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Remittances to Latin America and the Caribbean reached record $53.6 billion in 2005, says IDB

BELO HORIZONTE, Brazil - Latin American and Caribbean workers living abroad sent a record $53.6 billion in remittances to their homelands during 2005, up 17 percent from the previous year, the Inter-American Development Bank’s Multilateral Investment Fund said today.

The new estimates were presented at the seminar A Global Revolution in Banking: Remittances and Microfinance held ahead of the annual meeting of the Board of Governors of the IDB, which will take place here April 3-5.

In his speech at the opening of the seminar, IDB President Luis Alberto Moreno said that while remittances have great potential to promote investment, job creation and capital accumulation in the region, they are not a panacea.

“Given the opportunities and risks that remittances generate, as well as the expected persistence of these flows due to demographic and economic trends of host and source countries, development institutions such as the IDB and the international community as a whole have the responsibility of trying to maximize the positive aspects of migrations and contain their costs.”

The IDB and the MIF believe that one of the most effective ways to achieve such goals is to expand access to the formal financial system, particularly in Latin America, so migrants and their families may have more options available to multiply the economic impact of their money.

“If remittances contribute to building a broad-based culture of thrift, creating opportunities of growth and employment for all, they will also succeed in reducing the costs that migrations entail for countries in our region,” Moreno added.

Remittances to the region

Some 25 million Latin American and Caribbean-born adults reside outside their countries of origin. About two-thirds of them send money home on a regular basis, usually wiring between $100 and $300 at a time.

Over the past decade these transactions have snowballed to the point where they far exceed the overseas development assistance provided by donor nations and international organizations to Latin America and the Caribbean. In several countries of this region remittances are the primary source of hard currency.

Mexico continued to be the leading recipient of remittances in Latin America, as its expatriates sent more than $20 billion home last year, around 20 percent more than in 2004. Brazilians living in Japan, Europe and the United States sent some $6.4 billion to their country in 2005, around 14 percent more than in the previous year.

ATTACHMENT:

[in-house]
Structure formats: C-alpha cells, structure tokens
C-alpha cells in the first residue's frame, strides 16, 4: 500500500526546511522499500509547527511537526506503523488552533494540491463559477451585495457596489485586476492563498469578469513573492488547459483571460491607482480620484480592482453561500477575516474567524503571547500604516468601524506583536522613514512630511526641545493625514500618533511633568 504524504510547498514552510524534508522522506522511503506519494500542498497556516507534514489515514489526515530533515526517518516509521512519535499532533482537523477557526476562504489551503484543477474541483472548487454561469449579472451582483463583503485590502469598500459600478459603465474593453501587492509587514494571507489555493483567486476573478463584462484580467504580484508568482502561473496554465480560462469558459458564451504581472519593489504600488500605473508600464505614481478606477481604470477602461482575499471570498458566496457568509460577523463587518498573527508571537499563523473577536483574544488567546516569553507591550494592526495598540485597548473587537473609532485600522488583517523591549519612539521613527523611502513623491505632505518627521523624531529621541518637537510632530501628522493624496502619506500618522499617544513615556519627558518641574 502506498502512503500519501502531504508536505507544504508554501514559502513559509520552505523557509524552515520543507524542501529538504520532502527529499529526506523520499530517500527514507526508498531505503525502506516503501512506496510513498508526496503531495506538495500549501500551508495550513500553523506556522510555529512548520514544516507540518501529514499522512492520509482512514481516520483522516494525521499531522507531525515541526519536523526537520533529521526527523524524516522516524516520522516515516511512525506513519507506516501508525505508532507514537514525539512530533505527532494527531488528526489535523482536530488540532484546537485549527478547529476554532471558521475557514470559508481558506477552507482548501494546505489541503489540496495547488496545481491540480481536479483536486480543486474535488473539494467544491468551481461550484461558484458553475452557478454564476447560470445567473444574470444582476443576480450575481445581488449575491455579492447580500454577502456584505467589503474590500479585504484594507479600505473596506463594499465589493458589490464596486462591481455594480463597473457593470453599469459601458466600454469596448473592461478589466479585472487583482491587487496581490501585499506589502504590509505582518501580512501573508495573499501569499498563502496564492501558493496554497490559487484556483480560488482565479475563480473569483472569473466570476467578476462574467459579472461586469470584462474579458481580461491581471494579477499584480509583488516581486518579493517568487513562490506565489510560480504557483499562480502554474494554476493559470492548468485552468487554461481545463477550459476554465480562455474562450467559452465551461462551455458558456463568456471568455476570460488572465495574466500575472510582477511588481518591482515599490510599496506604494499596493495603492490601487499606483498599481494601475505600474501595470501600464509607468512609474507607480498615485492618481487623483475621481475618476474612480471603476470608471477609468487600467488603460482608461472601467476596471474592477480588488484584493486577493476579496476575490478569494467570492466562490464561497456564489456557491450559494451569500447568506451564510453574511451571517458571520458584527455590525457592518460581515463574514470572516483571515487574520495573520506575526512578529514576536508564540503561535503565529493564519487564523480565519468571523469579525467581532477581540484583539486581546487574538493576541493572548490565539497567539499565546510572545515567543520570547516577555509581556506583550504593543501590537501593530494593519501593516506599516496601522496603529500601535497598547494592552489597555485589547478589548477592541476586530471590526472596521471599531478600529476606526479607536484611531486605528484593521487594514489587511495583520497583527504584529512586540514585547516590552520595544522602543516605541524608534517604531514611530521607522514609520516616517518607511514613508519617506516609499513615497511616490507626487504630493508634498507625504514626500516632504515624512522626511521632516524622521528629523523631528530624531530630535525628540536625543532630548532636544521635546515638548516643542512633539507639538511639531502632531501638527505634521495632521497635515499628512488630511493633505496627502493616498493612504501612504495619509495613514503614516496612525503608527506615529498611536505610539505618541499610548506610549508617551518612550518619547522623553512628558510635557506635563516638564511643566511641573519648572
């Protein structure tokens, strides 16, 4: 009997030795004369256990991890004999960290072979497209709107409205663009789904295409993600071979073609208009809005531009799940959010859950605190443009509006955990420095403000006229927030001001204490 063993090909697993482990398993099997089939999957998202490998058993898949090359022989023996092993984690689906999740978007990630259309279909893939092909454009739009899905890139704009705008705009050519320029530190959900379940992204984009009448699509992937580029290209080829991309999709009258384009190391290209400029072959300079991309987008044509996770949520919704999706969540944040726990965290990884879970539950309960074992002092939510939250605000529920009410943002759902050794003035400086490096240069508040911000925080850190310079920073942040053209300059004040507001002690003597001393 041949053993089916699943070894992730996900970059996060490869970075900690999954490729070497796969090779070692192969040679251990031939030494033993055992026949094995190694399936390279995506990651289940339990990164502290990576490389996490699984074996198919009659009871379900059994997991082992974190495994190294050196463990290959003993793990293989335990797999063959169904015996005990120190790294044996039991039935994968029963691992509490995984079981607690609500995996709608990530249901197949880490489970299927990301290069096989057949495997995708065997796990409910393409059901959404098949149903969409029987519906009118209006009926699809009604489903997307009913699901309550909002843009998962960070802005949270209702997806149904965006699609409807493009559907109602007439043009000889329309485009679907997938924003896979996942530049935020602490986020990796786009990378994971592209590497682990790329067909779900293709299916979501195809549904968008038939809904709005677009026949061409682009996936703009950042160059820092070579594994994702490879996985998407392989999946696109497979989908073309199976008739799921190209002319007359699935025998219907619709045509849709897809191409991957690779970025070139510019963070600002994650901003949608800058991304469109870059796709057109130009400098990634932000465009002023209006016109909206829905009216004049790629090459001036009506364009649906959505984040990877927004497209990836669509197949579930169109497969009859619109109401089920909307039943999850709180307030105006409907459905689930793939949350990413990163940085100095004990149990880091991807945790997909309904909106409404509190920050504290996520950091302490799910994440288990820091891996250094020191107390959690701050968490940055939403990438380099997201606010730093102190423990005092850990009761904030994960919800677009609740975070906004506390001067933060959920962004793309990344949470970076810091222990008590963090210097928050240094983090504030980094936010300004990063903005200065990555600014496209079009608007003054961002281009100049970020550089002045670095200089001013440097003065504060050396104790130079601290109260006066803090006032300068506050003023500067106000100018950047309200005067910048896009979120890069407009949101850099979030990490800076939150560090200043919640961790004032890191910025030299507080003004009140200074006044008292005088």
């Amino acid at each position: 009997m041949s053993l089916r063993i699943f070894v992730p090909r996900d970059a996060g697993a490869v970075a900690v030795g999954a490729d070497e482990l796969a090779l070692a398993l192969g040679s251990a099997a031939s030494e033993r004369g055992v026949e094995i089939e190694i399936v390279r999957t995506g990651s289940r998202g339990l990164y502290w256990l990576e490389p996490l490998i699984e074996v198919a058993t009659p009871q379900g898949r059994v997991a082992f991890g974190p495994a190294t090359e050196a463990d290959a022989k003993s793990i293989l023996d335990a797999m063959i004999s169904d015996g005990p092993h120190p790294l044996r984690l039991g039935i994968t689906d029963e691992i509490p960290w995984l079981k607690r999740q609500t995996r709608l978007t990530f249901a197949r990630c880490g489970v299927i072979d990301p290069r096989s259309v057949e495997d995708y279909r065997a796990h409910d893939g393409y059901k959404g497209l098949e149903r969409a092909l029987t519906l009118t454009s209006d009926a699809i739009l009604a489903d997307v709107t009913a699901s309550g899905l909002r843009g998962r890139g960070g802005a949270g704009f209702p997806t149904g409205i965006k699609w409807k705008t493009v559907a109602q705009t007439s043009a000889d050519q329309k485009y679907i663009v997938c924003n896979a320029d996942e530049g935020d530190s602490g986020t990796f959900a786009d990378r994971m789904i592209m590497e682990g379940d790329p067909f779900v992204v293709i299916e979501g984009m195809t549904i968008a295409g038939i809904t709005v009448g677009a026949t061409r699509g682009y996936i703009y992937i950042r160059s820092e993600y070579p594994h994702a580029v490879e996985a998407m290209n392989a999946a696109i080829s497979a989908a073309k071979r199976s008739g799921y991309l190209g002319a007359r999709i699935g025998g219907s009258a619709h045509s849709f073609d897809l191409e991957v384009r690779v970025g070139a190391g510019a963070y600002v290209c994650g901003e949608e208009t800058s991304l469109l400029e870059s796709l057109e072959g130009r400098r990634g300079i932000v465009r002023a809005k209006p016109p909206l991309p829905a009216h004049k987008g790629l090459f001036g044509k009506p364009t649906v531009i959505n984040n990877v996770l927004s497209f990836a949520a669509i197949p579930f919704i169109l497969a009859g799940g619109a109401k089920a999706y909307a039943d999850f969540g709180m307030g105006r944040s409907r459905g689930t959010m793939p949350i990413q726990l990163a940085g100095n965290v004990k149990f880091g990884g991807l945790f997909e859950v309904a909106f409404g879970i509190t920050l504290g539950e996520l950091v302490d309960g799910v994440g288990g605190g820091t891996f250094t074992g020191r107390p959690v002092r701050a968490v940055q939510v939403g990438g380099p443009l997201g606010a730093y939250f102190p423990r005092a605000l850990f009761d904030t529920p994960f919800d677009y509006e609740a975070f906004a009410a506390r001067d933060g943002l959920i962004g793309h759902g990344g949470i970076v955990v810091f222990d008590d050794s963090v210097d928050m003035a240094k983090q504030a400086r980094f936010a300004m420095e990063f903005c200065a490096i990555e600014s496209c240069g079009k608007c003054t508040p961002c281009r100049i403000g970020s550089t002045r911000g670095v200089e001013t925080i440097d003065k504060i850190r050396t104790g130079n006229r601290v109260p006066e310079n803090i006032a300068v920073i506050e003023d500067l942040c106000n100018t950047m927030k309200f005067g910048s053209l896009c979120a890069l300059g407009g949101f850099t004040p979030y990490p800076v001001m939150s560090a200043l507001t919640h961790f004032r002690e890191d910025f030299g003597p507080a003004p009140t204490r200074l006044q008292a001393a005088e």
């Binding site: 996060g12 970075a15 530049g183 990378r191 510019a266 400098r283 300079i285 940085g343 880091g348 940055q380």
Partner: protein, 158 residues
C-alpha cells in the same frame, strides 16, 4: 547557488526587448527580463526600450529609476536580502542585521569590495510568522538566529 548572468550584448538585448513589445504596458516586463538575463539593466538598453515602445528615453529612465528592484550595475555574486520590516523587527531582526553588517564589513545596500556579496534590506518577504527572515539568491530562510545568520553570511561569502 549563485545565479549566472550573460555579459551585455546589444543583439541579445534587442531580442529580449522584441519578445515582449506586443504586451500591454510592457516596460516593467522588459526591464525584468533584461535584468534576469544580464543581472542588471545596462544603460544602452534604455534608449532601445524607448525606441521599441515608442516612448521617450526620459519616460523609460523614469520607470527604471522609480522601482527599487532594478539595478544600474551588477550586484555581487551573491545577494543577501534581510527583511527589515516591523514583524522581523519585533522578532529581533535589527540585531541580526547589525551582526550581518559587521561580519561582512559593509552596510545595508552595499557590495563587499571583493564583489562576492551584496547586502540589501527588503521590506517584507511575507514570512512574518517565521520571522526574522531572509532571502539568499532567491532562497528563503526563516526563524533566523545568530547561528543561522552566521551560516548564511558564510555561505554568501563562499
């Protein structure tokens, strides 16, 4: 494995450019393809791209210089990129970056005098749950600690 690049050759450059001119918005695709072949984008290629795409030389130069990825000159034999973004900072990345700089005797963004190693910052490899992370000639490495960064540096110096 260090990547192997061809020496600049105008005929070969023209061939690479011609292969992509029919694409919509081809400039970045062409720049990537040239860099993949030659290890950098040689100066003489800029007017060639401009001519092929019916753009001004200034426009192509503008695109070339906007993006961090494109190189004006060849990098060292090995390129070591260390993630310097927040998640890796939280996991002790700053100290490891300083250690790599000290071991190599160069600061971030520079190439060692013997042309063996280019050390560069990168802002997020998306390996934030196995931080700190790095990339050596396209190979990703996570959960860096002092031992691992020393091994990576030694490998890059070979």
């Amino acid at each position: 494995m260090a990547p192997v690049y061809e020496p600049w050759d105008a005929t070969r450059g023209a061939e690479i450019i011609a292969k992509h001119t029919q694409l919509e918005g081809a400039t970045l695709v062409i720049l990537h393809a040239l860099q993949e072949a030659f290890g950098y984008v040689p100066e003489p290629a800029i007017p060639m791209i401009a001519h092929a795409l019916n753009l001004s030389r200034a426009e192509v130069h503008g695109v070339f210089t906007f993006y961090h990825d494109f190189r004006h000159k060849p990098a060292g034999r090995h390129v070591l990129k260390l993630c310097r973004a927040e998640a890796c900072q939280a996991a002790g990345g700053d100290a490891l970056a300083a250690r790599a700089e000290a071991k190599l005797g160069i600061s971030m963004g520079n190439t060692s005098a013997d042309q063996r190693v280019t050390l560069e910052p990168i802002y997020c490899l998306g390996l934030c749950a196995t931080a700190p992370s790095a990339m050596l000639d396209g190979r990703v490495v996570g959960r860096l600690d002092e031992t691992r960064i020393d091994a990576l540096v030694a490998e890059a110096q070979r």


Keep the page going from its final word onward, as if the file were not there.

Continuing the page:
Countries participating in the Central America Free Trade Agreement with the United States received more than $11 billion in remittances last year, while the Andean countries seeking a similar pact with Washington received more than $9 billion.

Average transaction costs of sending money to Latin America and the Caribbean have dropped by half since the MIF started studying these flows in the year 2000, largely due to stronger competition and the adoption of new technologies among service providers.

Cheaper remittances have allowed migrants and their families to keep more of their money but so far have not succeeded in bringing greater numbers of people in this group into the formal financial system. Fewer than 10 percent of LAC recipients of money transfers have access to bank accounts, microcredit or home loans.

The IDB and the MIF believe remittances should be a key to “financial democracy,” the opening of Latin America’s financial systems for millions of low-income people, offering them access to asset-building services already available to their better-off compatriots.

While remittances are no substitute for sound policies and programs to promote broad-based and sustainable growth, their economic impact could be leveraged through the financial system, mobilizing savings and investments in education, health, small businesses and housing.

MIF and remittances

The MIF started studying remittances in the year 2000, when they were a largely overlooked issue in international finance. The initial goal was to gauge their volume and their economic impact in Latin America and the Caribbean, but attention soon focused on the high fees most migrants were paying to send money home.

Through its surveys, conferences and activities with various stakeholders the MIF raised the profile of remittances, helping to spur competition among service providers and attracting new participants to the market, including microfinance institutions and credit unions committed to serving low-income clients.

The MIF has also backed projects seeking to leverage remittances to expand access to housing, small business loans and rural financial services in Latin America. Other projects promote entrepreneurship among migrants who plan to return to their homelands.

In Brazil the IDB will work on a financial inclusion project with the SEBRAE small business development agency and the Caixa Econômica Federal, a state-owned financial institution, linking Brazilians residing in the United States and their families back home.

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